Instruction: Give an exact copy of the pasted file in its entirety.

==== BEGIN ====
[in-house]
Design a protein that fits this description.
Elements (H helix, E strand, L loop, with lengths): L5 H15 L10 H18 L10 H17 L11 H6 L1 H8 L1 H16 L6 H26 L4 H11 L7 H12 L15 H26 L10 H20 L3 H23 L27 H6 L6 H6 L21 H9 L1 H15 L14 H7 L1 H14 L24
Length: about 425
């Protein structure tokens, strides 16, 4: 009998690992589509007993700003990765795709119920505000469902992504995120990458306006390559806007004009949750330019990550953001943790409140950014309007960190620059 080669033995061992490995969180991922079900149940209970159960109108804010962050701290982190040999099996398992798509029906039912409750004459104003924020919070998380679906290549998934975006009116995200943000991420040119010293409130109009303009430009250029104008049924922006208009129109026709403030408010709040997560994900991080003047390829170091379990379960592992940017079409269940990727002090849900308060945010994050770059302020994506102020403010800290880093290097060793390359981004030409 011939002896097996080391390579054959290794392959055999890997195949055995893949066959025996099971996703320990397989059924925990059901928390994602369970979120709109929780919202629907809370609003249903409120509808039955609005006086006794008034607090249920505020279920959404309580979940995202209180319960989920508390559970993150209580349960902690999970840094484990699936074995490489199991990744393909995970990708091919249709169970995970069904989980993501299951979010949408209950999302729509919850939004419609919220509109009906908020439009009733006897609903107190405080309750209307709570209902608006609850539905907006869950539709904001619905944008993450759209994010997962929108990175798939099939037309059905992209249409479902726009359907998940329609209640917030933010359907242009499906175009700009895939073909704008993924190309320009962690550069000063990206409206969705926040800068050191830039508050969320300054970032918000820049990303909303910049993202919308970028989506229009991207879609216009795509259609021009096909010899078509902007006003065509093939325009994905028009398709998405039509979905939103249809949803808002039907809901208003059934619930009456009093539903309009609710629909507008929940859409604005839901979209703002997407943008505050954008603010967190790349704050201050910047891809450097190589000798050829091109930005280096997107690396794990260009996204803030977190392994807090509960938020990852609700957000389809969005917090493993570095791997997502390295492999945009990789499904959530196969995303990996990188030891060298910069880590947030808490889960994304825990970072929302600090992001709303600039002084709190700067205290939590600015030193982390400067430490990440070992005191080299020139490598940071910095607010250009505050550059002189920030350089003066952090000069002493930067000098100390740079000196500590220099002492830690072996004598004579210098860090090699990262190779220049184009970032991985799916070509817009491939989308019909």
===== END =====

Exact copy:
[in-house]
Design a protein that fits this description.
Elements (H helix, E strand, L loop, with lengths): L5 H15 L10 H18 L10 H17 L11 H6 L1 H8 L1 H16 L6 H26 L4 H11 L7 H12 L15 H26 L10 H20 L3 H23 L27 H6 L6 H6 L21 H9 L1 H15 L14 H7 L1 H14 L24
Length: about 425
């Protein structure tokens, strides 16, 4: 009998690992589509007993700003990765795709119920505000469902992504995120990458306006390559806007004009949750330019990550953001943790409140950014309007960190620059 080669033995061992490995969180991922079900149940209970159960109108804010962050701290982190040999099996398992798509029906039912409750004459104003924020919070998380679906290549998934975006009116995200943000991420040119010293409130109009303009430009250029104008049924922006208009129109026709403030408010709040997560994900991080003047390829170091379990379960592992940017079409269940990727002090849900308060945010994050770059302020994506102020403010800290880093290097060793390359981004030409 011939002896097996080391390579054959290794392959055999890997195949055995893949066959025996099971996703320990397989059924925990059901928390994602369970979120709109929780919202629907809370609003249903409120509808039955609005006086006794008034607090249920505020279920959404309580979940995202209180319960989920508390559970993150209580349960902690999970840094484990699936074995490489199991990744393909995970990708091919249709169970995970069904989980993501299951979010949408209950999302729509919850939004419609919220509109009906908020439009009733006897609903107190405080309750209307709570209902608006609850539905907006869950539709904001619905944008993450759209994010997962929108990175798939099939037309059905992209249409479902726009359907998940329609209640917030933010359907242009499906175009700009895939073909704008993924190309320009962690550069000063990206409206969705926040800068050191830039508050969320300054970032918000820049990303909303910049993202919308970028989506229009991207879609216009795509259609021009096909010899078509902007006003065509093939325009994905028009398709998405039509979905939103249809949803808002039907809901208003059934619930009456009093539903309009609710629909507008929940859409604005839901979209703002997407943008505050954008603010967190790349704050201050910047891809450097190589000798050829091109930005280096997107690396794990260009996204803030977190392994807090509960938020990852609700957000389809969005917090493993570095791997997502390295492999945009990789499904959530196969995303990996990188030891060298910069880590947030808490889960994304825990970072929302600090992001709303600039002084709190700067205290939590600015030193982390400067430490990440070992005191080299020139490598940071910095607010250009505050550059002189920030350089003066952090000069002493930067000098100390740079000196500590220099002492830690072996004598004579210098860090090699990262190779220049184009970032991985799916070509817009491939989308019909």